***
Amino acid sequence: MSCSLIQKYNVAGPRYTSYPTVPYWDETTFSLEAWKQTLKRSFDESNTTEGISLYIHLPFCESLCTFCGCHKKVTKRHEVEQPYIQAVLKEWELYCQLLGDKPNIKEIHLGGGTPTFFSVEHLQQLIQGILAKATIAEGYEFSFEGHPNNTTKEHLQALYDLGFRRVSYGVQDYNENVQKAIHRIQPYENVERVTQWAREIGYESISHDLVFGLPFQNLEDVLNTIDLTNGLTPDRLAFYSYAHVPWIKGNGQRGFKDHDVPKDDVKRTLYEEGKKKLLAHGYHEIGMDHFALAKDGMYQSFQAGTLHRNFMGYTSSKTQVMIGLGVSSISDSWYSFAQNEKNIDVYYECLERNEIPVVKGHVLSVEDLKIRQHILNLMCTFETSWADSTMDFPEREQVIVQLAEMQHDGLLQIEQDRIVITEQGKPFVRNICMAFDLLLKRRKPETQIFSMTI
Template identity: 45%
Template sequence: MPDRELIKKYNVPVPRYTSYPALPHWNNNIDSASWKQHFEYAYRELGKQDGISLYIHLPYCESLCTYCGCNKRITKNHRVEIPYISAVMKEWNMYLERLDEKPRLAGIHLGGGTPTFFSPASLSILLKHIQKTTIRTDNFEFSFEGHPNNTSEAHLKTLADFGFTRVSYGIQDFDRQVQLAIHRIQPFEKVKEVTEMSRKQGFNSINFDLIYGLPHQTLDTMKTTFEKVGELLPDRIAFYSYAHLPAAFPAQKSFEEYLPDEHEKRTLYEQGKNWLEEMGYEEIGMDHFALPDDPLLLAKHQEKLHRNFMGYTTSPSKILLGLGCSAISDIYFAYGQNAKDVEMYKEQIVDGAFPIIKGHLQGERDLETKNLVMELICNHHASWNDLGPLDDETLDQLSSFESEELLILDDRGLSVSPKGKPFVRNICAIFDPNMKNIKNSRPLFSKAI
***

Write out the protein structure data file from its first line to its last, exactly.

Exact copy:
Amino acid sequence: MSCSLIQKYNVAGPRYTSYPTVPYWDETTFSLEAWKQTLKRSFDESNTTEGISLYIHLPFCESLCTFCGCHKKVTKRHEVEQPYIQAVLKEWELYCQLLGDKPNIKEIHLGGGTPTFFSVEHLQQLIQGILAKATIAEGYEFSFEGHPNNTTKEHLQALYDLGFRRVSYGVQDYNENVQKAIHRIQPYENVERVTQWAREIGYESISHDLVFGLPFQNLEDVLNTIDLTNGLTPDRLAFYSYAHVPWIKGNGQRGFKDHDVPKDDVKRTLYEEGKKKLLAHGYHEIGMDHFALAKDGMYQSFQAGTLHRNFMGYTSSKTQVMIGLGVSSISDSWYSFAQNEKNIDVYYECLERNEIPVVKGHVLSVEDLKIRQHILNLMCTFETSWADSTMDFPEREQVIVQLAEMQHDGLLQIEQDRIVITEQGKPFVRNICMAFDLLLKRRKPETQIFSMTI
Template identity: 45%
Template sequence: MPDRELIKKYNVPVPRYTSYPALPHWNNNIDSASWKQHFEYAYRELGKQDGISLYIHLPYCESLCTYCGCNKRITKNHRVEIPYISAVMKEWNMYLERLDEKPRLAGIHLGGGTPTFFSPASLSILLKHIQKTTIRTDNFEFSFEGHPNNTSEAHLKTLADFGFTRVSYGIQDFDRQVQLAIHRIQPFEKVKEVTEMSRKQGFNSINFDLIYGLPHQTLDTMKTTFEKVGELLPDRIAFYSYAHLPAAFPAQKSFEEYLPDEHEKRTLYEQGKNWLEEMGYEEIGMDHFALPDDPLLLAKHQEKLHRNFMGYTTSPSKILLGLGCSAISDIYFAYGQNAKDVEMYKEQIVDGAFPIIKGHLQGERDLETKNLVMELICNHHASWNDLGPLDDETLDQLSSFESEELLILDDRGLSVSPKGKPFVRNICAIFDPNMKNIKNSRPLFSKAI